India’s first INDIGENOUS aircraft carrier INS Vikrant to be commissioned by PM Modi today
2 September, 2022 | Pranay Lad
Prime Minister Narendra Modi will commission India’s first indigenous aircraft carrier, INS Vikrant, at Cochin Shipyard Limited in Kochi on Friday at 9:30 a.m. The INS Vikrant was designed wi...
Prime Minister Narendra Modi will commission India’s first indigenous aircraft carrier, INS Vikrant, at Cochin Shipyard Limited in Kochi on Friday at 9:30 a.m. The INS Vikrant was designed with cutting-edge automated technologies and is the biggest ship ever built in India’s nautical history. As per media sources, it was developed by the Indian Navy’s in-house Warship Design Bureau (WDB) and built by Cochin Shipyard Limited, a Public Sector Shipyard under the Ministry of Ports, Shipping, and Waterways.
Notably, the Prime Minister will also unveil the new Naval Ensign (Nishaan), which will abandon the colonial past and honour India’s rich maritime tradition.
The Indigenous Aircraft Carrier is named after India’s first aircraft carrier, which played an important role in the 1971 war. It has a substantial quantity of indigenous equipment and machinery, with participation from big industrial enterprises as well as over 100 MSMEs. With the commissioning of Vikrant, India will have two operational aircraft carriers, which would strengthen the country’s maritime security. According to the Indian Navy, the 262-meter-long carrier, which is substantially larger and more modern than her predecessor, has a full displacement of close to 45,000 tonnes.
Vice Admiral Hampiholi was quoted as this about the IAC Vikrant specifications: “Vikrant transports approximately 30 aircraft. It could use the MiG 29k fighter plane for anti-air, anti-surface, and ground strike missions. It will be able to operate the Kamov 31 early warning helicopter, the recently inducted but yet-to-be-commissioned MH-60R multi-role helicopter, and our very own ALH. It is the biggest warship in the Indian military arsenal, displacing around 45,000 tonnes.”
The Modi government’s ‘Make in India’ strategy receives a boost
The development and manufacturing of indigenous warship-grade steel for the ship through a collaboration between the Navy, DRDO, and the Steel Authority of India (SAIL) has enabled the country to become self-sufficient in warship steel.
According to the Navy, all warships produced in the nation today are made of indigenous steel. The Directorate of Naval Design employed several design cycles, including the use of 3D Virtual Reality models and modern technical tools, to shape the design of the carrier. CSL has also updated its shipbuilding infrastructure and increased production skills throughout the ship’s construction.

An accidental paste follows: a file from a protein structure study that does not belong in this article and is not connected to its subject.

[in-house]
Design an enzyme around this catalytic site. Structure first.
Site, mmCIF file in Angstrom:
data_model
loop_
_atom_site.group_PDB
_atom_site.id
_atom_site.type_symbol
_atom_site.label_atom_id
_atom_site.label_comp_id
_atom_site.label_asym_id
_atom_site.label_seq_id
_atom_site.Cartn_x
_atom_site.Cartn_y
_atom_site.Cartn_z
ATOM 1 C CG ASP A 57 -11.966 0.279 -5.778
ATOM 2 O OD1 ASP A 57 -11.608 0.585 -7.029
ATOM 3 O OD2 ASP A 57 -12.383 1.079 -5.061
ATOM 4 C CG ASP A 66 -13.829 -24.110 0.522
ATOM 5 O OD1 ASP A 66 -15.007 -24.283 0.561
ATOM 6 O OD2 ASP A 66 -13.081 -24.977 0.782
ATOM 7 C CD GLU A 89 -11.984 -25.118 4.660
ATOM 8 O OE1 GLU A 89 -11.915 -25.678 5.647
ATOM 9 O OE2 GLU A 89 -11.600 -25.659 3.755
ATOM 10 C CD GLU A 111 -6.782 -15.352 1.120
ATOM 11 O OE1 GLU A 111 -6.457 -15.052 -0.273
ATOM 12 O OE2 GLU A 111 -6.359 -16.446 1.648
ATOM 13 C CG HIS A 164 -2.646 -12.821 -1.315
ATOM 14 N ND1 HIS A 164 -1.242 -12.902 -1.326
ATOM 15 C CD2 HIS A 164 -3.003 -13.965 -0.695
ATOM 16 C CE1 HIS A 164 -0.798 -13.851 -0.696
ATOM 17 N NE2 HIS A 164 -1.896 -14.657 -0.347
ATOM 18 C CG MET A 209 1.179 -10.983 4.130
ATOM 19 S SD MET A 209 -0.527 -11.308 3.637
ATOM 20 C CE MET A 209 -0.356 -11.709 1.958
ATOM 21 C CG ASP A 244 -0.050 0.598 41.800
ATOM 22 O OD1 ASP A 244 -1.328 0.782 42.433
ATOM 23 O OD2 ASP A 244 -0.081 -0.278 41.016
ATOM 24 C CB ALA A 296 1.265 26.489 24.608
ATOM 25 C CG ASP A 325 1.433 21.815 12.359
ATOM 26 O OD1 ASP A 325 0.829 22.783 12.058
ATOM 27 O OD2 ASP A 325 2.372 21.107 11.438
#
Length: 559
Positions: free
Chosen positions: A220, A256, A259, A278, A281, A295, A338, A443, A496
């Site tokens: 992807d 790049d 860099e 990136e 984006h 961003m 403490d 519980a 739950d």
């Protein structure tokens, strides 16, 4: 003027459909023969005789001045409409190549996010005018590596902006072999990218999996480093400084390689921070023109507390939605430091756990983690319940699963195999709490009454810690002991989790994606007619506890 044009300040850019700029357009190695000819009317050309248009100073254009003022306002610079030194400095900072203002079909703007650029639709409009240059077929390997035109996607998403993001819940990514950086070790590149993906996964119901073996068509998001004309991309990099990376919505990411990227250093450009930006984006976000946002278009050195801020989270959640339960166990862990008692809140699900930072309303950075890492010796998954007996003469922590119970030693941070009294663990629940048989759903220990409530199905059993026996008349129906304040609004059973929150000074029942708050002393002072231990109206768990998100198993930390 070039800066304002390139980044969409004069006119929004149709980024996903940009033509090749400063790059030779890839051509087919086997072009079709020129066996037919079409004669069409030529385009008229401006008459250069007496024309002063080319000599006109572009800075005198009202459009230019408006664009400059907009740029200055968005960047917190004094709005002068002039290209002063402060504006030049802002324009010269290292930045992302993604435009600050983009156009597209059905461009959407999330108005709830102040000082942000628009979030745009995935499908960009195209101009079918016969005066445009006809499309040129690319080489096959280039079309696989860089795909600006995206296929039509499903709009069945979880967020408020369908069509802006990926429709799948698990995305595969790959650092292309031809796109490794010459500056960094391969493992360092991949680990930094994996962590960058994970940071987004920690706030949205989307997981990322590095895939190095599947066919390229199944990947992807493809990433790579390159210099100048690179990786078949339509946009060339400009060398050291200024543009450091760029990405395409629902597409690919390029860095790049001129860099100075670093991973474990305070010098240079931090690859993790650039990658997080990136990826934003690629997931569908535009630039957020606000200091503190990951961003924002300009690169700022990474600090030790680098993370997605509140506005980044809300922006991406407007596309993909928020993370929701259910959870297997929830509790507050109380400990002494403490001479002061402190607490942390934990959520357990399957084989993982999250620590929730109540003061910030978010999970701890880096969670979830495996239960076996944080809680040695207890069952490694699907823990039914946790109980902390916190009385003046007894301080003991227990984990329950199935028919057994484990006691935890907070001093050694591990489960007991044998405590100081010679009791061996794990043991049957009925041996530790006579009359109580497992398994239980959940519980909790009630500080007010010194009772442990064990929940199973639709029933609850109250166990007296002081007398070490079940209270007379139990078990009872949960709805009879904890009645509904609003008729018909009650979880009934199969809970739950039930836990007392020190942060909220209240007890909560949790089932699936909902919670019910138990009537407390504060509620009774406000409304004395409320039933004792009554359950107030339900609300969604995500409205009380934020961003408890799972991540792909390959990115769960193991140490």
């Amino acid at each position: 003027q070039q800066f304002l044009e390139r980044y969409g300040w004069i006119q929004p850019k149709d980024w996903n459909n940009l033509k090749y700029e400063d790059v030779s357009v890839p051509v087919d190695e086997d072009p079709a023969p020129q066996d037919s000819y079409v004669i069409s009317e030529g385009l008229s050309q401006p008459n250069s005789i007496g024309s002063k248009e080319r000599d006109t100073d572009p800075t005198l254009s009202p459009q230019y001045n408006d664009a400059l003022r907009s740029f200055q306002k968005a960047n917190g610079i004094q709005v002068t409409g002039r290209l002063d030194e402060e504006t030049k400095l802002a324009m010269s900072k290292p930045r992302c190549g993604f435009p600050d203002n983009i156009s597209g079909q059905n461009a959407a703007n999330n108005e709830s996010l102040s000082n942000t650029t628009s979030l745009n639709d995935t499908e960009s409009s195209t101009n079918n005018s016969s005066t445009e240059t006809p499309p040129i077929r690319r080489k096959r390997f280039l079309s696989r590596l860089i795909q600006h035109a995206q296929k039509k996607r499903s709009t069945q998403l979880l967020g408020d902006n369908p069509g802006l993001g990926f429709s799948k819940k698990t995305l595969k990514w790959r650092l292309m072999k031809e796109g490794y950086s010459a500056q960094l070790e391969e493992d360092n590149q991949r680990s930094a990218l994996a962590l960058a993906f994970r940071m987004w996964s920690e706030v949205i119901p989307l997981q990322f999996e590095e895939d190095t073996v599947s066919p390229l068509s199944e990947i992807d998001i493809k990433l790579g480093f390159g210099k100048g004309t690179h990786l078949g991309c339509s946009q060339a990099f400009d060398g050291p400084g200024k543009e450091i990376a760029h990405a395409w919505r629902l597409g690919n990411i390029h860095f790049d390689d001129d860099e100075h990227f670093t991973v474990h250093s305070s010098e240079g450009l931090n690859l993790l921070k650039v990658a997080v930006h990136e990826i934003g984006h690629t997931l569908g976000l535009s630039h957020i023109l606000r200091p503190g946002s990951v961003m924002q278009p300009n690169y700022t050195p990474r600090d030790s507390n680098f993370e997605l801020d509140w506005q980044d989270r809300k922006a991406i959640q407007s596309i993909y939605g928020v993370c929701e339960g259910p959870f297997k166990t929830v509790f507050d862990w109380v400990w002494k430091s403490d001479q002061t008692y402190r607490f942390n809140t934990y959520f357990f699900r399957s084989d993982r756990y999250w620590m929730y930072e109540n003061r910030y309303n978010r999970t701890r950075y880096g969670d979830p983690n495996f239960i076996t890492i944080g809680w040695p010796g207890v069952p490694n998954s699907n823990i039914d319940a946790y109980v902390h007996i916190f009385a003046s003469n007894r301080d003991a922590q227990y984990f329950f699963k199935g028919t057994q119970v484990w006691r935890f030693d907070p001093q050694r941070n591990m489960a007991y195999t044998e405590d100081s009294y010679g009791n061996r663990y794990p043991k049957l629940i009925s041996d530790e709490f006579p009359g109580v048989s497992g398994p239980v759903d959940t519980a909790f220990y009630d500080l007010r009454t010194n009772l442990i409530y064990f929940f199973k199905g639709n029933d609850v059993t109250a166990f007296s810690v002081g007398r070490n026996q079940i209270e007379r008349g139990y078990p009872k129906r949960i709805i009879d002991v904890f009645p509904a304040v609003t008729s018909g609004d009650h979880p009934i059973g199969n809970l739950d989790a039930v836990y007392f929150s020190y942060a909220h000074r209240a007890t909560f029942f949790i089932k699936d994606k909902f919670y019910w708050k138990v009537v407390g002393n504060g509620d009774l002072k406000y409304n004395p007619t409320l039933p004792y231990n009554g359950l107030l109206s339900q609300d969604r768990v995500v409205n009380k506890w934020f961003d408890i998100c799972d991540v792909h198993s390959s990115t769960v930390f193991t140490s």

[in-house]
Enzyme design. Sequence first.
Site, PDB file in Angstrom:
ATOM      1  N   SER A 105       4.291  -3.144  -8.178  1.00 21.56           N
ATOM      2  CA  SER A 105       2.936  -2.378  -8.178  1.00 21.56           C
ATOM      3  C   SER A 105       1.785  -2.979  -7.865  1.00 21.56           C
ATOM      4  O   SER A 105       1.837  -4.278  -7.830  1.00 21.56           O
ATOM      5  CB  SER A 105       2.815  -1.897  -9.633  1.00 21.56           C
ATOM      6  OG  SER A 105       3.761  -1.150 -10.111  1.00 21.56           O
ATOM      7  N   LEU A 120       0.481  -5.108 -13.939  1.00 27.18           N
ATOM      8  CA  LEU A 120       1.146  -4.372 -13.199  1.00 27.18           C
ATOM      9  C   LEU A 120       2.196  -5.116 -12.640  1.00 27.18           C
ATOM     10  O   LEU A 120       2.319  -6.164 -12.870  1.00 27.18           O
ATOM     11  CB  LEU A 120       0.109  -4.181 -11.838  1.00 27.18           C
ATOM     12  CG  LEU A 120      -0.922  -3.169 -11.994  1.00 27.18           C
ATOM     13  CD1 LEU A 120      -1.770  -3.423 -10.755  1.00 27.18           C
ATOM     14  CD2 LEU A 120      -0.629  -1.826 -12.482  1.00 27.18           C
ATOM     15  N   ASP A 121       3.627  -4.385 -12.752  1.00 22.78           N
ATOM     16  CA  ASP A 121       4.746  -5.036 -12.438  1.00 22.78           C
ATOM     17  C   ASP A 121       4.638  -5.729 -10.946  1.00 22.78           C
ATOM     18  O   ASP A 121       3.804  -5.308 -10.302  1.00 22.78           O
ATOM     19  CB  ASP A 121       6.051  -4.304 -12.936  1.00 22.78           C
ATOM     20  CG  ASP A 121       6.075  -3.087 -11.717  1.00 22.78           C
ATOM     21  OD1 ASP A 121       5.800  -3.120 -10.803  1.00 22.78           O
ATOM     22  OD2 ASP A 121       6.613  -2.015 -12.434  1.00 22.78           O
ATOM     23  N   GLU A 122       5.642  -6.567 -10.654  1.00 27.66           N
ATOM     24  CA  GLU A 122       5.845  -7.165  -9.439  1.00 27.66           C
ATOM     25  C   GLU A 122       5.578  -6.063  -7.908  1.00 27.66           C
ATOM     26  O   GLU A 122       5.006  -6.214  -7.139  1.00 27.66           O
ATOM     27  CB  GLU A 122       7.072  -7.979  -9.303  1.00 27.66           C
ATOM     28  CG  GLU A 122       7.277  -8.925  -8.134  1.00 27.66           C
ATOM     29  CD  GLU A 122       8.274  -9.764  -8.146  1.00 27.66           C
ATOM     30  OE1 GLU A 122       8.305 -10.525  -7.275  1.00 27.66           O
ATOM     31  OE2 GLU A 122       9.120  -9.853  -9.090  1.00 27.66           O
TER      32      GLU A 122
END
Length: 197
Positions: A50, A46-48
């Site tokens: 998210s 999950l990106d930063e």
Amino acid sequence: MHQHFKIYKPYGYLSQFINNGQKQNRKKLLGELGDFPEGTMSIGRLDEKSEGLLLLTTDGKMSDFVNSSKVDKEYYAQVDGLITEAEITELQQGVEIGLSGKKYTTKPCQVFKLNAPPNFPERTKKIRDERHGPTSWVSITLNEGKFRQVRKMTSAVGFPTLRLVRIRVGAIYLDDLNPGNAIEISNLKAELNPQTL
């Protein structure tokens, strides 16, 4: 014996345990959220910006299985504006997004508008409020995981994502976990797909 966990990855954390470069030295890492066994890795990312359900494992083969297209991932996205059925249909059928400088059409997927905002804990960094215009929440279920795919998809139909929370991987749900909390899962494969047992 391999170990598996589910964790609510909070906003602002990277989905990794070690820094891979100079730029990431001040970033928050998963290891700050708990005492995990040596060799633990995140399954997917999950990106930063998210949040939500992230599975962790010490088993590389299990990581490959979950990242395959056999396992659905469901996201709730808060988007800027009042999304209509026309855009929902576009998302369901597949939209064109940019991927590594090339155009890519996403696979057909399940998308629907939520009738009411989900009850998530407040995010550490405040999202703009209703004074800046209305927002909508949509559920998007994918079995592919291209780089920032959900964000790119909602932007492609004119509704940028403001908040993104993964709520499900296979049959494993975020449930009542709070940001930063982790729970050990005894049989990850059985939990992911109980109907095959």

The keel of the ship was laid in February 2009, and it was launched in August 2013. With a total indigenous content of 76%, IAC exemplifies the nation’s ambition for “Aatma Nirbhar Bharat” and gives a boost to the government’s “Make in India” effort. Indigenisation activities have also resulted in the growth of auxiliary businesses, in addition to the creation of job possibilities and a positive knock-on impact on the economy, both locally and nationally.
India joins a select group of countries
With Vikrant, India has joined a small group of countries that have the unique capacity of designing and building an aircraft carrier in-house. IAC Vikrant has 14 decks with 2,300 compartments that can contain over 1,500 sea warriors. To meet the ship’s food requirements, around 10,000 chapatis or rotis are produced in the ship’s galley.
The ship has a top speed of 28 knots and is powered by four gas turbines totaling 88 MW. The project, which cost close to Rs 20,000 crores in total, was completed in three phases of the contract between the MoD and CSL, which were completed in May 2007, December 2014, and October 2019.
The ship would be equipped to operate an air wing of 30 aircraft, including MIG-29K fighter fighters, Kamov-31 multi-role helicopters, and indigenously produced Advanced Light Helicopters (ALH) and Light Combat Aircraft (LCA) (Navy).
The IAC is outfitted with a ski-jump for launching aircraft and a series of ‘arrester wires’ for onboard recovery using a revolutionary aircraft-operation mode known as STOBAR (Short Take-Off but Arrested Landing). The ship has a substantial amount of indigenous equipment and machinery, with participation from big industrial companies like BEL, BHEL, GRSE, Keltron, Kirloskar, Larsen & Toubro, Wartsila India, and others, as well as over 100 MSMEs.